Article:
As more and more physicians embrace social media - Twitter, Facebook, Foursquare and the like - more and more (unaswered) questions arise about how best to deal with patient connections there. As explained in a recent American Medical News article:
Some hospitals and medical schools have policies to direct physicians, medical students and other health professionals on how to use social media properly, but formal ethical guidance to help physicians maintain professional standards online is scarce. Doctors are largely on their own to devise rules on how to maintain appropriate boundaries with patients on social media.
Lucile Packard Children's Hospital physician Alan Greene, MD, is particularly social-media-savvy (he has a Twitter feed, Facebook page and very interactive website) - and he shares his thoughts in the article:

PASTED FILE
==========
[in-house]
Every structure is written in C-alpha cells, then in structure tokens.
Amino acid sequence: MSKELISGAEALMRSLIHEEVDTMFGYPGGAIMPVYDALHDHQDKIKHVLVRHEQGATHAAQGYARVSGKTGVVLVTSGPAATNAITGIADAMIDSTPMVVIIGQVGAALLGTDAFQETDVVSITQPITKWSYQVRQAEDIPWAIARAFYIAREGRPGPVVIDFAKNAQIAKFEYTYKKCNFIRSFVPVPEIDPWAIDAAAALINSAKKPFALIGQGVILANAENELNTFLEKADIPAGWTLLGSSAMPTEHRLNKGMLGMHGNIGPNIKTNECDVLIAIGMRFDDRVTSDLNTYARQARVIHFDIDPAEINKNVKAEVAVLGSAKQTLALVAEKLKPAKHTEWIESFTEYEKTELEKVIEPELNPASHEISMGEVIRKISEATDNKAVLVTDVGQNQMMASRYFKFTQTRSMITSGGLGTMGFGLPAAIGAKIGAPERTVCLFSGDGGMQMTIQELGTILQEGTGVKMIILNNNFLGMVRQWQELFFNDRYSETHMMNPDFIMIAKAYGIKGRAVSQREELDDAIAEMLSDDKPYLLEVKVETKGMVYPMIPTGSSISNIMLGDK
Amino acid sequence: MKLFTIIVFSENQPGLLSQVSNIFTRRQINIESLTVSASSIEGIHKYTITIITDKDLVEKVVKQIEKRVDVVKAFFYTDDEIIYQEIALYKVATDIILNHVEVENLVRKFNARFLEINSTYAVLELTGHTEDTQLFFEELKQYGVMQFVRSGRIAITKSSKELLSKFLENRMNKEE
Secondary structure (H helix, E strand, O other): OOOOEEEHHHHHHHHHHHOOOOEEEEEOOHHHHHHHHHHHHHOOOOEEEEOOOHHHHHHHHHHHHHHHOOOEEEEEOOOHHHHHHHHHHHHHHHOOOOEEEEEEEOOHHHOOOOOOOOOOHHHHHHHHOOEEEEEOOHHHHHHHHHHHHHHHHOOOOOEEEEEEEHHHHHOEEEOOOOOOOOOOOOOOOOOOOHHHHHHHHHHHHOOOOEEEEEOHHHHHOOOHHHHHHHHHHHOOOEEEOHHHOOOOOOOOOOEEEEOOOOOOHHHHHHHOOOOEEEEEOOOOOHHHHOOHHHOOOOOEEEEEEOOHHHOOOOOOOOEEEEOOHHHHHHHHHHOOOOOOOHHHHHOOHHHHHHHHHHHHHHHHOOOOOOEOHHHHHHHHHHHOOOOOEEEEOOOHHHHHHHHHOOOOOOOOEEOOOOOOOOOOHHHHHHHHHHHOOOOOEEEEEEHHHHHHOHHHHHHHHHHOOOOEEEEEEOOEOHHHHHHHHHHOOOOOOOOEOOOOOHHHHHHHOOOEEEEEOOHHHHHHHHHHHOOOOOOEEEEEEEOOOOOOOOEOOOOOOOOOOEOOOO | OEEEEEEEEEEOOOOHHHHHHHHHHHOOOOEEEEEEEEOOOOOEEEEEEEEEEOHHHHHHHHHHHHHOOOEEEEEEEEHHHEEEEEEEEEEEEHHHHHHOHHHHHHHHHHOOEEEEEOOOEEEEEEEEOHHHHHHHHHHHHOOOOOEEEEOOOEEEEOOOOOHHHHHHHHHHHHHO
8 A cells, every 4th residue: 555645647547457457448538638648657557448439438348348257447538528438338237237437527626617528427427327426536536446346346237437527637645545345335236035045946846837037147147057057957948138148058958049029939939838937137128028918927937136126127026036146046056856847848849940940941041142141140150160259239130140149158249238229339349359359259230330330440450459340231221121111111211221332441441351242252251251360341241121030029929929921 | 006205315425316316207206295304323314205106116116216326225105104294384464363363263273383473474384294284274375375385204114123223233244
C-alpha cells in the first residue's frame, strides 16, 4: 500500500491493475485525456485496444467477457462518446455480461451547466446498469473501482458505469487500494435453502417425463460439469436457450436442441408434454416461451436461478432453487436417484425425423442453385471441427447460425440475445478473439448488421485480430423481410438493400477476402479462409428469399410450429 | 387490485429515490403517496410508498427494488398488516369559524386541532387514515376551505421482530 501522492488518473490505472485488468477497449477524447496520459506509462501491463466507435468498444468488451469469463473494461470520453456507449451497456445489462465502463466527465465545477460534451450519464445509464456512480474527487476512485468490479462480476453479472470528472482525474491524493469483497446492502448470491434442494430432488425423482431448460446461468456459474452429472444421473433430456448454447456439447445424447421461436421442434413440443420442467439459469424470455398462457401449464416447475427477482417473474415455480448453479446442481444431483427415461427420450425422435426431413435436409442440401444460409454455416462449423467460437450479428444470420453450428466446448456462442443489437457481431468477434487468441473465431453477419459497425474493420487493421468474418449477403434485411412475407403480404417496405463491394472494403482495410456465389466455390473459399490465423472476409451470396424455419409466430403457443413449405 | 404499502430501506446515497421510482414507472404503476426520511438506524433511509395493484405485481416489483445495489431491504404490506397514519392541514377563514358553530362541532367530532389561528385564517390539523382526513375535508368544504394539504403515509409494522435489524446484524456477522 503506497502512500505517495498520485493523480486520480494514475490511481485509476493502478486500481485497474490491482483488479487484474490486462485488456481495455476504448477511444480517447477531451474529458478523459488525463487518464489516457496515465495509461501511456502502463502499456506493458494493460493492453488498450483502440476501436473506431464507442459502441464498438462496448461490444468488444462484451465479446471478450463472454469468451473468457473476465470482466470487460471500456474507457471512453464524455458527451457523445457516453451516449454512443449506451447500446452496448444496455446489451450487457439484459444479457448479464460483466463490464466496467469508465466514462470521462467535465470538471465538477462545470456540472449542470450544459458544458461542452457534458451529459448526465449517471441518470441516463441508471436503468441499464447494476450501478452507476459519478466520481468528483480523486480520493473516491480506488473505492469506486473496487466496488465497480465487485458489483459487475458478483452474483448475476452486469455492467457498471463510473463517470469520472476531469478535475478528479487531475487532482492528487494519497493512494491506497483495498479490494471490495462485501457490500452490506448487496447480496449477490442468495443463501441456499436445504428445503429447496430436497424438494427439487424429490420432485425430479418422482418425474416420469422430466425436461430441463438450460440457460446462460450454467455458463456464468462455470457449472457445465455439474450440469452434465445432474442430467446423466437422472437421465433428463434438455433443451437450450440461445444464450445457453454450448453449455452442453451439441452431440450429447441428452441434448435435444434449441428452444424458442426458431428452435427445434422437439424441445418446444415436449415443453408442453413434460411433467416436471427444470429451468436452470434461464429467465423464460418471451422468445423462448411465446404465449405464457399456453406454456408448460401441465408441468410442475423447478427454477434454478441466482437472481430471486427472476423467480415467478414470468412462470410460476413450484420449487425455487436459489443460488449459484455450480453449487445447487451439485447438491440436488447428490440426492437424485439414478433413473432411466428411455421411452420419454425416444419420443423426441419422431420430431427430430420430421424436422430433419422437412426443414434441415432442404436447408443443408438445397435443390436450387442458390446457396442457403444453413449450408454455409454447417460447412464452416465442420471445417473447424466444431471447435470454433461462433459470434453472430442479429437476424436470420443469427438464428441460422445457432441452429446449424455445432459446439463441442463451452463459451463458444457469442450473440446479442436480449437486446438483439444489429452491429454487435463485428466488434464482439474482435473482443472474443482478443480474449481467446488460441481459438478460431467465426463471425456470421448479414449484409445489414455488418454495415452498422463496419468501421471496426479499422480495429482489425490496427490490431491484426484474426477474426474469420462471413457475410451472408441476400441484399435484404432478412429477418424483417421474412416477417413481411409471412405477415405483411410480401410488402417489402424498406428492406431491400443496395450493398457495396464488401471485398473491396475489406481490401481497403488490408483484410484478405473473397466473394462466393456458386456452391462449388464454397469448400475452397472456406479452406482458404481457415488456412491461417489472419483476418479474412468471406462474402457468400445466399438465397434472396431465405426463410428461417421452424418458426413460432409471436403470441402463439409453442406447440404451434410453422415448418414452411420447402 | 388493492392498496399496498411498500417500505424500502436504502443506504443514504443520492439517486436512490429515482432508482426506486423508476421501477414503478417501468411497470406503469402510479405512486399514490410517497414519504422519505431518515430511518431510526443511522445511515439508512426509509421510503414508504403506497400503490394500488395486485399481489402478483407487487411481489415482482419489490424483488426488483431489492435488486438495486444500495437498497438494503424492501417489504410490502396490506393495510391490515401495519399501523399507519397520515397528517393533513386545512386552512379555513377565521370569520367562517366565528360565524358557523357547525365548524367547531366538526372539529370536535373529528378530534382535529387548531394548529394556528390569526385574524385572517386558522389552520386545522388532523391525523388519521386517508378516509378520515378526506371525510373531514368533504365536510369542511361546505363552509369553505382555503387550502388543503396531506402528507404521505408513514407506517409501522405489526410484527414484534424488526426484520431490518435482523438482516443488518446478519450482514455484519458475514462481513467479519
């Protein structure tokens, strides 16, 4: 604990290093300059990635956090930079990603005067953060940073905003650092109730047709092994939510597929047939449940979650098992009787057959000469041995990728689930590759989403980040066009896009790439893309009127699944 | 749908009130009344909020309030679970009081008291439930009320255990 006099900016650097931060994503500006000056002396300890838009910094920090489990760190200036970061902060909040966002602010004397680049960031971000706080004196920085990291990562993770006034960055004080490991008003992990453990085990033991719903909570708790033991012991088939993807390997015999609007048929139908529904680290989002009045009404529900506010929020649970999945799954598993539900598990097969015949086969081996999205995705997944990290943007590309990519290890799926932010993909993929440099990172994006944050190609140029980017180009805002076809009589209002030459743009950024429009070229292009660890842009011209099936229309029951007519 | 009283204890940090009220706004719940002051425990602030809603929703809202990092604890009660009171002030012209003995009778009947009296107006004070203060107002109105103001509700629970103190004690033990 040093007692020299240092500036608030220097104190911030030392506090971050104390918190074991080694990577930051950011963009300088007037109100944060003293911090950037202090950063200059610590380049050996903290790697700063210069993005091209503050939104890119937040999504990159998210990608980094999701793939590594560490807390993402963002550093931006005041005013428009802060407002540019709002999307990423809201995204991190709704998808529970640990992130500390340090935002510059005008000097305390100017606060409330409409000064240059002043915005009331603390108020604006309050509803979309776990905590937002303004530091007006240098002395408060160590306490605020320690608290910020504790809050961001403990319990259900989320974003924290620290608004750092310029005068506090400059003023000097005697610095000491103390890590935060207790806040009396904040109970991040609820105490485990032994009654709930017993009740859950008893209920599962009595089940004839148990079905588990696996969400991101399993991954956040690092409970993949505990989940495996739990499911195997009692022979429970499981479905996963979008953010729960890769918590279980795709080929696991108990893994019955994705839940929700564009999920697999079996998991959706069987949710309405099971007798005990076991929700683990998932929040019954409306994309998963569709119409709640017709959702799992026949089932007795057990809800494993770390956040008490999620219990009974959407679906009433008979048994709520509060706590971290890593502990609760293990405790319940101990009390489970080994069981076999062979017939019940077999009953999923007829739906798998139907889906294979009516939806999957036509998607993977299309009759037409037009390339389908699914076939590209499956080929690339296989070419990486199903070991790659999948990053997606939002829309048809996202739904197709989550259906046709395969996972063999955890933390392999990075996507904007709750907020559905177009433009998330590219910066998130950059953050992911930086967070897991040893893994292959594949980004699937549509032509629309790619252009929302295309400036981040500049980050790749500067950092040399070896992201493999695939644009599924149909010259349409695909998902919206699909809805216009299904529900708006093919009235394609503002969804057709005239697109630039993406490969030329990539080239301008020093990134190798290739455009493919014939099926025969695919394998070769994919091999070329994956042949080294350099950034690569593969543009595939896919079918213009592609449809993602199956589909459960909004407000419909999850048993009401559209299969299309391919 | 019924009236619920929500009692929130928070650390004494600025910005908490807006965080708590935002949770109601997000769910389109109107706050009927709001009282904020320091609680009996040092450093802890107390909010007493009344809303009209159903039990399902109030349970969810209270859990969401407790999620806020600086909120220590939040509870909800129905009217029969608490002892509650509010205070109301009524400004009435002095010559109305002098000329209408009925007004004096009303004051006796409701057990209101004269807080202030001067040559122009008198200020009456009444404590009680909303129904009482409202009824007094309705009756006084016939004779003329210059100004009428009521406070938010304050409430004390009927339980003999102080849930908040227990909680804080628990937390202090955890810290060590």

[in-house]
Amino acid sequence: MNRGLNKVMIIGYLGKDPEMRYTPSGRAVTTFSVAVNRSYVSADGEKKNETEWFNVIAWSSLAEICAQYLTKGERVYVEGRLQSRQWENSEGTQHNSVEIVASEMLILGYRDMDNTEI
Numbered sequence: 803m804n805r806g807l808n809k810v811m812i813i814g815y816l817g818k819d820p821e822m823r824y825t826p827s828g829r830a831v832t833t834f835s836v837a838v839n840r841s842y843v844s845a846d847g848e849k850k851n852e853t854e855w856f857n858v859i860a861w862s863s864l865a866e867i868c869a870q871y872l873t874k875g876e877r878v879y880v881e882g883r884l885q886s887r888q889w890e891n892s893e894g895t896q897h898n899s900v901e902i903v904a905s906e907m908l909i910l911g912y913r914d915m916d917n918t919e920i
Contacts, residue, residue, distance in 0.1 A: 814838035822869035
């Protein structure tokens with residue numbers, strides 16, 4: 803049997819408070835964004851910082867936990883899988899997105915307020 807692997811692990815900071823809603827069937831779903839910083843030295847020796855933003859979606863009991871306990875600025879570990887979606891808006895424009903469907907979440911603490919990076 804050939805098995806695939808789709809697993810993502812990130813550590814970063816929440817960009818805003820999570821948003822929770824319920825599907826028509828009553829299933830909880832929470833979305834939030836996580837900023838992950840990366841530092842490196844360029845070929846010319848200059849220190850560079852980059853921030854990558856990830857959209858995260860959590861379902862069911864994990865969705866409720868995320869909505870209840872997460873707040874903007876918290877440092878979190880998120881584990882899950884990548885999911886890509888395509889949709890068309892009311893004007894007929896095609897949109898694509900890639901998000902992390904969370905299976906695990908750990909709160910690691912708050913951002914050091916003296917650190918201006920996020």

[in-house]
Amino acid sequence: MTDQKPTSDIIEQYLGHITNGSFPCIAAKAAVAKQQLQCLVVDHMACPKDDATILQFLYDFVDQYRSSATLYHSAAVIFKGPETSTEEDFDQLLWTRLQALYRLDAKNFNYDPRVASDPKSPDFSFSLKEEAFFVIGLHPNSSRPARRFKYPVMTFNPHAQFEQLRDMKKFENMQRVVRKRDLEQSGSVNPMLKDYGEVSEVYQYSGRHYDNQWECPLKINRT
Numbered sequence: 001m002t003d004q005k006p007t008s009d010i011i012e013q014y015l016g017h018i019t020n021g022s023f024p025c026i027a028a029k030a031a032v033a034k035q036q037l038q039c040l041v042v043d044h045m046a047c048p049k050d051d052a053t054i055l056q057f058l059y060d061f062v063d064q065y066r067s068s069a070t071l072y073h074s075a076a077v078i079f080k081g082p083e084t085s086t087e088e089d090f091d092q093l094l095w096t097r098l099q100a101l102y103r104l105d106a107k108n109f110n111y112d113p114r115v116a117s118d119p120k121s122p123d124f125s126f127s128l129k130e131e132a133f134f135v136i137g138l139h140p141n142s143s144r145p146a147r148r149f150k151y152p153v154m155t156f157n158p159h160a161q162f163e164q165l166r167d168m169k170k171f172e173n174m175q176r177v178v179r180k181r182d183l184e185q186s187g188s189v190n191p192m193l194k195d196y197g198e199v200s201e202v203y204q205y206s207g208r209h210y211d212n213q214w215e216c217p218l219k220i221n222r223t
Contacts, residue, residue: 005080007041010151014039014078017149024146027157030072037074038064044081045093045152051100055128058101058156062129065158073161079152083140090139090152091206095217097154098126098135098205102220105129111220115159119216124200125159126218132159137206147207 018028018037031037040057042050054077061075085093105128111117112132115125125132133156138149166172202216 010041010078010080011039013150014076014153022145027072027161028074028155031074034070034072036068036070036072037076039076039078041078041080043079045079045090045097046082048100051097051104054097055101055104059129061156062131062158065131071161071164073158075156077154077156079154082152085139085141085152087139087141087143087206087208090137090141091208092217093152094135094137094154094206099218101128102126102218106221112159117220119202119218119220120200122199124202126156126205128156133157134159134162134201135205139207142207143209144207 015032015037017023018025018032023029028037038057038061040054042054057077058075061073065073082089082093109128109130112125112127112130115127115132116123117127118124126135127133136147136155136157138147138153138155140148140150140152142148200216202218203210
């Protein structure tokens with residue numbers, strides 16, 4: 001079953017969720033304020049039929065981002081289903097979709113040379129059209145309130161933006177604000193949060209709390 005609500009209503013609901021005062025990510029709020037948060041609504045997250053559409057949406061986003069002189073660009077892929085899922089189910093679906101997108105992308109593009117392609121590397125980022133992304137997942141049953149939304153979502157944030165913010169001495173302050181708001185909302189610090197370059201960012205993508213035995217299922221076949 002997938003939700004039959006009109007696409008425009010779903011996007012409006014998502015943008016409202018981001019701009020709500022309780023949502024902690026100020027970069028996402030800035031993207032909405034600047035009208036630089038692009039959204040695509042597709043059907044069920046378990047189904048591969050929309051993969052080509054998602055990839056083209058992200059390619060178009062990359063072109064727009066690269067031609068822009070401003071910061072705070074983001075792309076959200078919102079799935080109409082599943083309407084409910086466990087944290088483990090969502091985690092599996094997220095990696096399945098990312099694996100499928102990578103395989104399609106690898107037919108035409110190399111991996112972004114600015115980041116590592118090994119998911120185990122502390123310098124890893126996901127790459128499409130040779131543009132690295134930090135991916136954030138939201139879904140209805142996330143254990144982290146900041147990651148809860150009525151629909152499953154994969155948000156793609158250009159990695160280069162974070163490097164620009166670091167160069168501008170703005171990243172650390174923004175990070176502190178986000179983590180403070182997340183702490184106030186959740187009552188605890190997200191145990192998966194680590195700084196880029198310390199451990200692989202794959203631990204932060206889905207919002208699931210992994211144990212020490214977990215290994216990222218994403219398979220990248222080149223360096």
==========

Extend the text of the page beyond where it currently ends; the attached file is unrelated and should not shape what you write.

"A couple of generations ago, the house call was the common way physicians would find out about the real lives of people and make an impact right in the middle of their lives, and today it's social media," [said Greene].
Dr. Greene said doctors using social media need to remember that, whether they are in the hospital, the exam room or cyberspace, their behavior reflects on the entire profession. "Even though we are coming out from behind our stethoscopes and white coats in the social media world, that doesn't allow us to let go of our professionalism and ethics and responsibilities and our objectivity," he said. "We want to bring that into every patient encounter we have."
Previously: Should you follow your psychiatrist on Twitter?, Follow me: Twitter's role in medical practice and Physician 2.0: Do doctors risk becoming irrelevant if they ignore social media?